What do you mean by **mobile** format?  A format for playing on mobile phones - or something with smaller file sizes and lower bit rate (and thus lower quality)?     
 I did not know what word to use instead of **mobile**.  I mean a ripped copy of a 4k movie that can be used with a storage device and not a Blue-Ray player.  I am really behind the media cure.  I am still slowly converting my DVD rips to BlueRay rips.  I just purchased the ** Back to the Future ** series on Blue-Ray and ripped them.  I am trying different methods to convert those rips to .h264 or HEVC, natively, they are encoded with VC-1.

Video
ID                                       : 1
ID in the original source medium         : 4113 (0x1011)
Format                                   : VC-1
Format profile                           : [email protected]
Codec ID                                 : V_MS/VFW/FOURCC / WVC1
Codec ID/Hint                            : Microsoft
Duration                                 : 1 h 56 min
Bit rate                                 : 26.9 Mb/s
Width                                    : 1 920 pixels
Height                                   : 1 080 pixels
Display aspect ratio                     : 16:9
Frame rate mode                          : Constant
Frame rate                               : 23.976 (24000/1001) FPS
Color space                              : YUV
Chroma subsampling                       : 4:2:0
Bit depth                                : 8 bits
Scan type                                : Progressive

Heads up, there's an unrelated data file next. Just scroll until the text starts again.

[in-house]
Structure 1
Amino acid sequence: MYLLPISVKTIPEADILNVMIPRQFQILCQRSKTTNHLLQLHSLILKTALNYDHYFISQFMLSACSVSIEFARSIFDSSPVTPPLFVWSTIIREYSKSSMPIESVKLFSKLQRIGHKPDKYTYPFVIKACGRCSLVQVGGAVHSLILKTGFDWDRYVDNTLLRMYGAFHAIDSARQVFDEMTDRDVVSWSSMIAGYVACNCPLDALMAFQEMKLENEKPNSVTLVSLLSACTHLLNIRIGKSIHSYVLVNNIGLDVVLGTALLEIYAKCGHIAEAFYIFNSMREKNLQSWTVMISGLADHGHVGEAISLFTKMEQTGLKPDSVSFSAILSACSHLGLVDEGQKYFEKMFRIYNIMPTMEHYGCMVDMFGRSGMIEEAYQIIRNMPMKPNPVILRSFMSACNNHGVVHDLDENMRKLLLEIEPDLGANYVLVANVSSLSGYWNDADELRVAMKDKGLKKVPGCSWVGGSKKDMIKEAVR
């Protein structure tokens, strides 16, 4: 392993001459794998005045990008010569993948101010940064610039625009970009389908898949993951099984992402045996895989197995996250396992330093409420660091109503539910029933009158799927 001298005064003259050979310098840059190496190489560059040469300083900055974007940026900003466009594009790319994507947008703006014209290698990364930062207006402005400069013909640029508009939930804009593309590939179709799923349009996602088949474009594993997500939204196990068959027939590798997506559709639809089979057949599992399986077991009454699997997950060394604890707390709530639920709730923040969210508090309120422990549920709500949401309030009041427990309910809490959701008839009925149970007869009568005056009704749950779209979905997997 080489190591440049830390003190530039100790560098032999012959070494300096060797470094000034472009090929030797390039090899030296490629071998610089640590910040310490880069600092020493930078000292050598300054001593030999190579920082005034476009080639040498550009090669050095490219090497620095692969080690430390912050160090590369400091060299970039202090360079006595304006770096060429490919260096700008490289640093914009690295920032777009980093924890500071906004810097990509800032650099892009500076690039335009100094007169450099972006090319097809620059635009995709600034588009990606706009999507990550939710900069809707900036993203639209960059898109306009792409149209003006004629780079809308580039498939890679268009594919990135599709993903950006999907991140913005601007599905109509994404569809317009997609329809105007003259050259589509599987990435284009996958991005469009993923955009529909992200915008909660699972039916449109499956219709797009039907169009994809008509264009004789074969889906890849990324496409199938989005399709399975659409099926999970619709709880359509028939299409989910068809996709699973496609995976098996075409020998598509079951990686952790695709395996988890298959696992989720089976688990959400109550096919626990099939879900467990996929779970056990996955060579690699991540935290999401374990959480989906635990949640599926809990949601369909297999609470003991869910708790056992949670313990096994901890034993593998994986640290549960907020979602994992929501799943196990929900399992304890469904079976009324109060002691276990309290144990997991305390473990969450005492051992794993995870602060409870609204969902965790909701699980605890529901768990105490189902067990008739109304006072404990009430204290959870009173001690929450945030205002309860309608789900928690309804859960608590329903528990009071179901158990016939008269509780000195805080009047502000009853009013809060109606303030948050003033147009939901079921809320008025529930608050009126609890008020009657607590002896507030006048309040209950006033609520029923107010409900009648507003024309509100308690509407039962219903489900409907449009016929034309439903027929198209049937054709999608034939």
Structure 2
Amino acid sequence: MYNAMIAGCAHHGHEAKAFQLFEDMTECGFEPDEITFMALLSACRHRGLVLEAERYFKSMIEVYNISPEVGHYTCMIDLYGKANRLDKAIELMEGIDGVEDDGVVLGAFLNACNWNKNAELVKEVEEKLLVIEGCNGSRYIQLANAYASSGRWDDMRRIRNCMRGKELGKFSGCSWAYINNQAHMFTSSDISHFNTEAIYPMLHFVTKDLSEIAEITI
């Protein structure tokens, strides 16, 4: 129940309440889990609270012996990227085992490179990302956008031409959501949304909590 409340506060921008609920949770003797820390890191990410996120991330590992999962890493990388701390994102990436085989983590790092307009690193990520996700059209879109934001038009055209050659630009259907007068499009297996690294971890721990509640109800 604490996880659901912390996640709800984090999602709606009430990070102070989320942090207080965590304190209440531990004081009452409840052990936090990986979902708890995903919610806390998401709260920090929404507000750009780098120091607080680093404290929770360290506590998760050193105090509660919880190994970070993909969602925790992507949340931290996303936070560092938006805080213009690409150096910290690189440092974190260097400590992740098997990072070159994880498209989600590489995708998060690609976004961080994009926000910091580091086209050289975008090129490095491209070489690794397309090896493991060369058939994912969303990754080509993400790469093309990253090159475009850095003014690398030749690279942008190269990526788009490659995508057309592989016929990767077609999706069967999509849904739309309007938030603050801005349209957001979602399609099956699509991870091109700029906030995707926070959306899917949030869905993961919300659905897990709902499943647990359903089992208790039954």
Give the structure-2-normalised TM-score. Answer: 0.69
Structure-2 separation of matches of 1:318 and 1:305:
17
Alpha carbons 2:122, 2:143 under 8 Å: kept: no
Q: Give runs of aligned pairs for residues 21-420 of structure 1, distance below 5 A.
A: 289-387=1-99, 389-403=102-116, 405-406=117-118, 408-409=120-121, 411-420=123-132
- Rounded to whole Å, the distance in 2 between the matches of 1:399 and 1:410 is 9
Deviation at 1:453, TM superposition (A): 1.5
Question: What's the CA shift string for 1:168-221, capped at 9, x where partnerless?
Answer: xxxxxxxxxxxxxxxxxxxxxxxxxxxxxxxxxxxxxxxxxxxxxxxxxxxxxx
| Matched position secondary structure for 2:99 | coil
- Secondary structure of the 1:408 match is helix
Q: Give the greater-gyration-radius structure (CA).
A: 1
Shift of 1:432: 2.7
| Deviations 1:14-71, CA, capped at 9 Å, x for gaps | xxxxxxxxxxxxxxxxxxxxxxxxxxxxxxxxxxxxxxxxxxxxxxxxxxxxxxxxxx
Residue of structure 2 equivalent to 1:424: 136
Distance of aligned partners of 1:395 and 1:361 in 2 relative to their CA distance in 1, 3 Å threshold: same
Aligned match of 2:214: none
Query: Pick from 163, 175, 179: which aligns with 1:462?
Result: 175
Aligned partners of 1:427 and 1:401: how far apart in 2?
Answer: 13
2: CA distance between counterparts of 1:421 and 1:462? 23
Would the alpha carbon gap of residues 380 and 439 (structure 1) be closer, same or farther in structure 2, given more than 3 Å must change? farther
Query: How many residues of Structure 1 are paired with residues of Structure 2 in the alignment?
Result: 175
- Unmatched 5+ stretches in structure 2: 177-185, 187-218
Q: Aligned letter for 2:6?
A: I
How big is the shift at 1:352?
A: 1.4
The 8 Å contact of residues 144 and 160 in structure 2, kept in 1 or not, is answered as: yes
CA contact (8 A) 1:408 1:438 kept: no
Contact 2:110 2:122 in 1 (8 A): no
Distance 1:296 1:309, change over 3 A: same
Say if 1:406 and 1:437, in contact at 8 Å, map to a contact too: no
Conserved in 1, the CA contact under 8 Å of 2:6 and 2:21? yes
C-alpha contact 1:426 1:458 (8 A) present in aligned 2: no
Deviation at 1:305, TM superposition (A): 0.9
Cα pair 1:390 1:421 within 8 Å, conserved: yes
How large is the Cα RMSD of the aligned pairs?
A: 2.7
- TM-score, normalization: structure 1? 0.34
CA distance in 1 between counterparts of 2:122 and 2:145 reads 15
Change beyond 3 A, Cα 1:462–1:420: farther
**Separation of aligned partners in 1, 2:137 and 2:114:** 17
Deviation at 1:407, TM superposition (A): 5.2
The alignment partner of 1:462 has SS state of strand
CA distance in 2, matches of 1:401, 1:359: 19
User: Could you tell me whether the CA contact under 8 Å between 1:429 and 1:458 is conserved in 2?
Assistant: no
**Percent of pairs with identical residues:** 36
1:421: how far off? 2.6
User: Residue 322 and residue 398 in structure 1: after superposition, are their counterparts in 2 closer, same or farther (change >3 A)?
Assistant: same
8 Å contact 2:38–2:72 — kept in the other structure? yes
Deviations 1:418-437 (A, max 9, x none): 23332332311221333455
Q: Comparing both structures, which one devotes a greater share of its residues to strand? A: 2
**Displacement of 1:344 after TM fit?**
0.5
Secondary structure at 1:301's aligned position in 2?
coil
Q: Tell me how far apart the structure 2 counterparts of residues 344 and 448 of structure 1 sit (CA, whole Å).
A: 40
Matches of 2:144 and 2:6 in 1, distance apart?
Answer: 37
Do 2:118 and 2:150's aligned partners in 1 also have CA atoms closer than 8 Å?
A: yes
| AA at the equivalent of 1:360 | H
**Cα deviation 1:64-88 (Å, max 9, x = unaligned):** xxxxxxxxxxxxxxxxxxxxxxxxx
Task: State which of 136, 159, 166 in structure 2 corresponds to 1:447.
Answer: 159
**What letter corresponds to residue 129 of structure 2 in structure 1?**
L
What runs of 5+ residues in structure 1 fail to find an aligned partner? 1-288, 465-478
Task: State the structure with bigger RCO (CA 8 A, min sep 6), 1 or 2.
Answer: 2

Compression mode                         : Lossy
Bits/(Pixel*Frame)                       : 0.541
Stream size                              : 21.8 GiB (81%)
Language                                 : English
Default                                  : No
Forced                                   : No
Original source medium                   : Blu-ray     
  
If you have the storage capacity - why not leave them as is? (That said some platforms have issues with high bitrate VC-1 content)

After ripping all my CDs to 192k MP3 back in the day, and then re-ripping them lossless a few years later, I'm now very much of the view that if at all possible it's a good idea to rip DVDs, Blu-rays and UHD Blu-rays losslessly. If there are extras you don't mind not having (and are happy to go back to the discs for) then just ripping the movie can save you a useful amount of space.

There are a number of modern, relatively low cost, Kodi platforms that can playback lossless UHD Blu-ray rips now (such as a number of AMLogic platforms, the nVidia Shield TV etc.)  
You are probably correct about leaving the rips as they are, instead of trying to change the codec to something else.  I have been trying different converter apps and not very successful at it.  Right now, I am trying to convert that "Back to the Future" movie to an HEVC codec using Handbrake, but it takes over 9 hours.  I will see what the results look like.  If I screw up, I can always re-rip the movie. 

And yes, that VC-1 codec plays havoc with some (most) of my Android boxes.
Reply
clarkss12 dateline=' Wrote: And yes, that VC-1 codec plays havoc with some (most) of my Android boxes.

Have a read of THIS thread and you will understand why.